So, You Need A Business Associate Agreement?

New Partnership and Business Associate Agreement resized 600

Business Associate Agreement:

As a healthcare professional and in light of the extensive changes (that’s an understatement…) and rules established by the Department of Health and Human Services (HHS), it is critical that you take the time to review your current and entire list of third-party vendors and business associates to determine whether or not they understand and are compliant with the 2013 Health Insurance Portability and Accountability Act (HIPAA). You should start by making a comprehensive list of all the companies and individuals which you do business and who – in some way – come in any sort of contact with a patient’s Personal Health Information (PHI). It’s important that you make sure all of your business associate agreements that need to be current and in place – are.

In January of 2013, HHS released its HIPAA Omnibus Final Rule. Within this HIPAA Omnibus Rule, noteworthy changes were made regarding several important topics, including the issue of business associates. This new rule not only explains what qualifies someone or some entity as a business associate, but also states the required components now necessary in business associate agreements.

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To put a potentially-complex concept simply, a business associate is defined as a patient safety organization, a health information organization, an e-prescribing gateway, a person offering a personal health record, and/or any other individual or vendor who creates, receives, transmits, and/or maintains PHI on behalf of HIPAA covered entities, such as: health plans, health care clearinghouses, and health care providers that transmit health information electronically. In addition, since these vendors often use subcontractors to provide their services to covered entities, even those subcontractors are now also considered business associates and must also enter into and comply with a business associate agreement. All of the requirements for a business associate agreement between your covered entity and the selected individual(s) or vendor(s) also and equally apply to your business associates’ subcontractor agreements. As a result, it is crucial that you are certain the business associates with whom you do business have developed and implemented (and are in compliance with) business associate agreements with their subcontractors.

Additionally, this Final Rule explains that – with or without the existence of a formal business associate agreement on file, an individual or vendor is still considered to be a formal business associate from the second that individual or person creates, receives, transmits, and/or maintain PHI for a covered entity of for another business associate.

While business associates who are in violation of any of the Security Rule’s administrative, physical, and/or technical safeguards can be found criminally or civilly liable as a result of not adhering to The Health Information Technology for Economic and Clinical Health (HITECH) Act while handling electronic PHI, covered entities can now be found liable as a result of the new HIPAA Omnibus Rule if they don’t take the time to ensure that all of their business associates (and subcontractors) are compliant. So, as a result of the HIPAA Omnibus Rule, business associates that are not compliant will not only experience additional negative consequences from HIPAA, but also be held directly liable to HHS.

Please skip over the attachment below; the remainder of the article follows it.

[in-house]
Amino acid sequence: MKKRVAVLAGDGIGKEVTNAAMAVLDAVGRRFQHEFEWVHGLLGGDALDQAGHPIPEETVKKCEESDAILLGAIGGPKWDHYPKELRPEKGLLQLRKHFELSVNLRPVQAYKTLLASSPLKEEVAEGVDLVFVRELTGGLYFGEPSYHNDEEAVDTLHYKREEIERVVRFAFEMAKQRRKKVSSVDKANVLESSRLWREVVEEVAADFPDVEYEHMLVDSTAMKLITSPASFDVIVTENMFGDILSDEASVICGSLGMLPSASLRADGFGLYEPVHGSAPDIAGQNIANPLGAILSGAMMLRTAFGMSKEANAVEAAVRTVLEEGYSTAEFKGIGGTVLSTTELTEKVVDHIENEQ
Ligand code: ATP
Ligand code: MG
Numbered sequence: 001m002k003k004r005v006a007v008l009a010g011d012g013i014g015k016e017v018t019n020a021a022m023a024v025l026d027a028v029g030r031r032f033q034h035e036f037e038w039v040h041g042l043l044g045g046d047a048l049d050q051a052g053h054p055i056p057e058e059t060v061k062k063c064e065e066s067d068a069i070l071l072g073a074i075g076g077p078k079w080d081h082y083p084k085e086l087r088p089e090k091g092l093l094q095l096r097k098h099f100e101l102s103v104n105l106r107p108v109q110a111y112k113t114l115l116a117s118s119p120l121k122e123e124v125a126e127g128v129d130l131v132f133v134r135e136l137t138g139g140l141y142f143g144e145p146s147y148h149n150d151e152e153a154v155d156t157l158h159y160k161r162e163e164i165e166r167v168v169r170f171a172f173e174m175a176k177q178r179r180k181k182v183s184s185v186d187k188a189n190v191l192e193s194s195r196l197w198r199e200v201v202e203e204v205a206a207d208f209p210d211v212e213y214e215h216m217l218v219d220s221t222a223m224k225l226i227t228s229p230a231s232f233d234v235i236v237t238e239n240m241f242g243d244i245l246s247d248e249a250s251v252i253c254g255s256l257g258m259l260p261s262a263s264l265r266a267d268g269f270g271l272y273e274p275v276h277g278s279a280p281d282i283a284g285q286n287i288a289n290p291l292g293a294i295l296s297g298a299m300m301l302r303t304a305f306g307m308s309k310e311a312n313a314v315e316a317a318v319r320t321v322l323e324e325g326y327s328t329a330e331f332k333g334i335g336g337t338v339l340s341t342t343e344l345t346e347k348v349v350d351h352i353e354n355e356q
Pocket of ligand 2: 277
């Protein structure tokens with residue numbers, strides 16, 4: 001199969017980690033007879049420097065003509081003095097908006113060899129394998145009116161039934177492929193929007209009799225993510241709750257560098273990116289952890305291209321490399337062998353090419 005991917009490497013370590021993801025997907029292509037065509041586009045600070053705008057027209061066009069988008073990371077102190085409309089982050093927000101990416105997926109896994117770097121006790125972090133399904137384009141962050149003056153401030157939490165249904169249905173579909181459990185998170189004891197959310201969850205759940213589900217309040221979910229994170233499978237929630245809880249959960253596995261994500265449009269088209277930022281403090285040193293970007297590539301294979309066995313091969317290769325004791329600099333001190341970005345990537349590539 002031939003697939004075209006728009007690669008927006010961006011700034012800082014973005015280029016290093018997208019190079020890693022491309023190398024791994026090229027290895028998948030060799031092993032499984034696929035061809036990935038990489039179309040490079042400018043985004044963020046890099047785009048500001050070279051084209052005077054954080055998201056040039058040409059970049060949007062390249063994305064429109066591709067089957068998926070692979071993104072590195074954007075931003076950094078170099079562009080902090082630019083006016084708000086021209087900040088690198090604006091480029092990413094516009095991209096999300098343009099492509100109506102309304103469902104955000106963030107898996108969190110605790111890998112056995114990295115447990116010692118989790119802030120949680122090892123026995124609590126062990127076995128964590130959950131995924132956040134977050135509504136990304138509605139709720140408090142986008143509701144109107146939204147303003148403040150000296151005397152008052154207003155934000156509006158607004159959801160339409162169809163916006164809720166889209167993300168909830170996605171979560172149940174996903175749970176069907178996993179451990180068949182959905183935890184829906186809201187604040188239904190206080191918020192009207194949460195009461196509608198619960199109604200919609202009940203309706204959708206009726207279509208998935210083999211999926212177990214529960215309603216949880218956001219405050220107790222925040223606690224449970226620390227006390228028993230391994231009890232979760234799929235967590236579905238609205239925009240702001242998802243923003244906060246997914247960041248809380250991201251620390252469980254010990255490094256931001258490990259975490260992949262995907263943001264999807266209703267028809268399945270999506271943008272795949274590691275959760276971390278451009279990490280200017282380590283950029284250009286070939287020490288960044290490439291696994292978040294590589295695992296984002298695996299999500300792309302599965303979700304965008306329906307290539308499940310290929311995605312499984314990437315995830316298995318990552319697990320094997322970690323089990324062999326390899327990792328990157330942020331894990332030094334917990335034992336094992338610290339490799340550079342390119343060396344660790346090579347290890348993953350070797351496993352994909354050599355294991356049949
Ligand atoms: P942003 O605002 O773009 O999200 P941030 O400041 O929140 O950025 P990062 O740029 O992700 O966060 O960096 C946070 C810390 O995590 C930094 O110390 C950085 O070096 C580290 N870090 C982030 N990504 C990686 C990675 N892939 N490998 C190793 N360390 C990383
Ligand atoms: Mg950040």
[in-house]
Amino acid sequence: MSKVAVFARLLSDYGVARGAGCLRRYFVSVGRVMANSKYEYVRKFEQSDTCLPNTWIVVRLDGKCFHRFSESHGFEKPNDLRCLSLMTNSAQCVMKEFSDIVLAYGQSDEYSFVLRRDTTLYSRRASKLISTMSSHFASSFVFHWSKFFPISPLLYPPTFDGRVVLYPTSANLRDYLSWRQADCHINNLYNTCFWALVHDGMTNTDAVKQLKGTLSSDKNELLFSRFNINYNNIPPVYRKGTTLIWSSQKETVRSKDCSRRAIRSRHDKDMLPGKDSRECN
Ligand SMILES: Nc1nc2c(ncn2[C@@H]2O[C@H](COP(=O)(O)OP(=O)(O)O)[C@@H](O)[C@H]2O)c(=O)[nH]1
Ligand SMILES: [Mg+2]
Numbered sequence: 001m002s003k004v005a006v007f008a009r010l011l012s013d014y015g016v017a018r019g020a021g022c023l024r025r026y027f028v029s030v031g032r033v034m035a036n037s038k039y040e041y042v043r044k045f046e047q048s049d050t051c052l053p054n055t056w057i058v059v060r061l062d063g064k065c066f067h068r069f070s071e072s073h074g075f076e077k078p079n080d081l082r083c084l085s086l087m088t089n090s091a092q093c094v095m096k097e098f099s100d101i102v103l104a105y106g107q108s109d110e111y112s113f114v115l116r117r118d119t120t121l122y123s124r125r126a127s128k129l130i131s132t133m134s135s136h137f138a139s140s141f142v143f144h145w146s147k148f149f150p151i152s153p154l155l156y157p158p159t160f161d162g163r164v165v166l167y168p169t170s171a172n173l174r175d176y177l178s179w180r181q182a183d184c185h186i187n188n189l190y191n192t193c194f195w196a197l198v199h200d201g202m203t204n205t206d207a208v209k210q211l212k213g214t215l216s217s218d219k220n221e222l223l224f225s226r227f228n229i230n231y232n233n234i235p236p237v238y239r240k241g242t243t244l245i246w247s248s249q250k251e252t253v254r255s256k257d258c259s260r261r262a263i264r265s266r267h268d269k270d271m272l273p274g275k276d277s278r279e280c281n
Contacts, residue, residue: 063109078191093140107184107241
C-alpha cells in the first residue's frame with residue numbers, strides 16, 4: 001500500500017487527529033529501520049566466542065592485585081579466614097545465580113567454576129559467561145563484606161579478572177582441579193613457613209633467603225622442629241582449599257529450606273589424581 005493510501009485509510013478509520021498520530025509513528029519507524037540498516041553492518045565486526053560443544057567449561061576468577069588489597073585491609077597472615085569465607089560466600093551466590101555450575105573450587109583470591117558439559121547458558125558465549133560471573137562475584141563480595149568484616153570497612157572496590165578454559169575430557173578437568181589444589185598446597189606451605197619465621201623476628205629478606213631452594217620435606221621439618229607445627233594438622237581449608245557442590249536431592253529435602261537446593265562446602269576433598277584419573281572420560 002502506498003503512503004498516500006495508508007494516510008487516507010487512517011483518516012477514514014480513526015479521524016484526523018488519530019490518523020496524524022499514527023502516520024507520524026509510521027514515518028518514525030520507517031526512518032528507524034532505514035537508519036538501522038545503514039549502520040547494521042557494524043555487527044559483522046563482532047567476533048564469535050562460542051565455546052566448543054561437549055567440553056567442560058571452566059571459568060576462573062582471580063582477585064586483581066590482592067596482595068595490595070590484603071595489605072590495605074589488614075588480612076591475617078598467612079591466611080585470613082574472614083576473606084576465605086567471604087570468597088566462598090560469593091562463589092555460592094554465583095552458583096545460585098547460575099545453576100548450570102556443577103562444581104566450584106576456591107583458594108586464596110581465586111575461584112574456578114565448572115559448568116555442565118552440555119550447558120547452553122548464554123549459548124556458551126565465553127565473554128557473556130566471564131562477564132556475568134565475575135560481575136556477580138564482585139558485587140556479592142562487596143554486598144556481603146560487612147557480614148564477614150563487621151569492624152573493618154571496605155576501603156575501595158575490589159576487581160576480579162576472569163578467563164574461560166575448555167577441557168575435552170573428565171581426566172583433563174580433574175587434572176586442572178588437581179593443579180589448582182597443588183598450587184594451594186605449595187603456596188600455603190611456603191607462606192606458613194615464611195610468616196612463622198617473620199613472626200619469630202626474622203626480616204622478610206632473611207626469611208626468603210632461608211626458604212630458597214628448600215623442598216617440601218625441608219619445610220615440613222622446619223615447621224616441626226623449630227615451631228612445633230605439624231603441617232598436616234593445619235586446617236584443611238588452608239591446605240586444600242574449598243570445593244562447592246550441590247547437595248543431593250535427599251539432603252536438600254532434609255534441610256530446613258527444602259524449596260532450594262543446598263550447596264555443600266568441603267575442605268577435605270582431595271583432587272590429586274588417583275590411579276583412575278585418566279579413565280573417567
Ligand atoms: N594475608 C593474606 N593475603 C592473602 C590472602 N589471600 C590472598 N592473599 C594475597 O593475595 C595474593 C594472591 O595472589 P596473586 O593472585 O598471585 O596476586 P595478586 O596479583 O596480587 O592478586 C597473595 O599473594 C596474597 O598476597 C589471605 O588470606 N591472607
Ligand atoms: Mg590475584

When is a Business Associate Agreement Necessary?

Simple. Whenever the covered entity with which you are employed as a healthcare professional does business with an individual or a vendor (and/or those vendors’ subcontractors) that creates, receives, transmits, and/or maintains PHI. Examples of services that business associates may be providing include: claims processing, data analysis, billing, offsite record storage, legal services, accounting services, document shredding services, actuarial work, consulting services, management help, data aggregation services, administrative assistance, accreditation services, and/or financial services, among other examples. It is important to keep in mind that these (and other) examples of third party providers are only referred to and considered formal business associates if – and only if - their particular services with your covered entity specifically involve your disclosure of PHI to them.

While the HIPAA Omnibus Rule certainly presents many critical compliance obligations required of business associates, it does intentionally leave out a number of different areas for you and the parties involved to address. This includes not only leaving it up to the covered entity to determine the business associate’s scope of permitted uses, but also leaving it up to both parties (the covered entity and the business associate) to determine which of the two would be responsible for providing an individual with his/her own PHI when it is requested.

Although it may seem as if every vendor who does business with your HIPAA-covered entity needs a business associate agreement, this is not the case.  Here’s when the agreement is not necessary: disclosing PHI to a healthcare provider for treatment purposes only, working with an insurance plan regarding a medical payment, assisting a government agency with an official investigation, staff members of a covered entity’s workforce, janitorial services, and the postal service.

 

Topics: Business Associate Agreement, BAA

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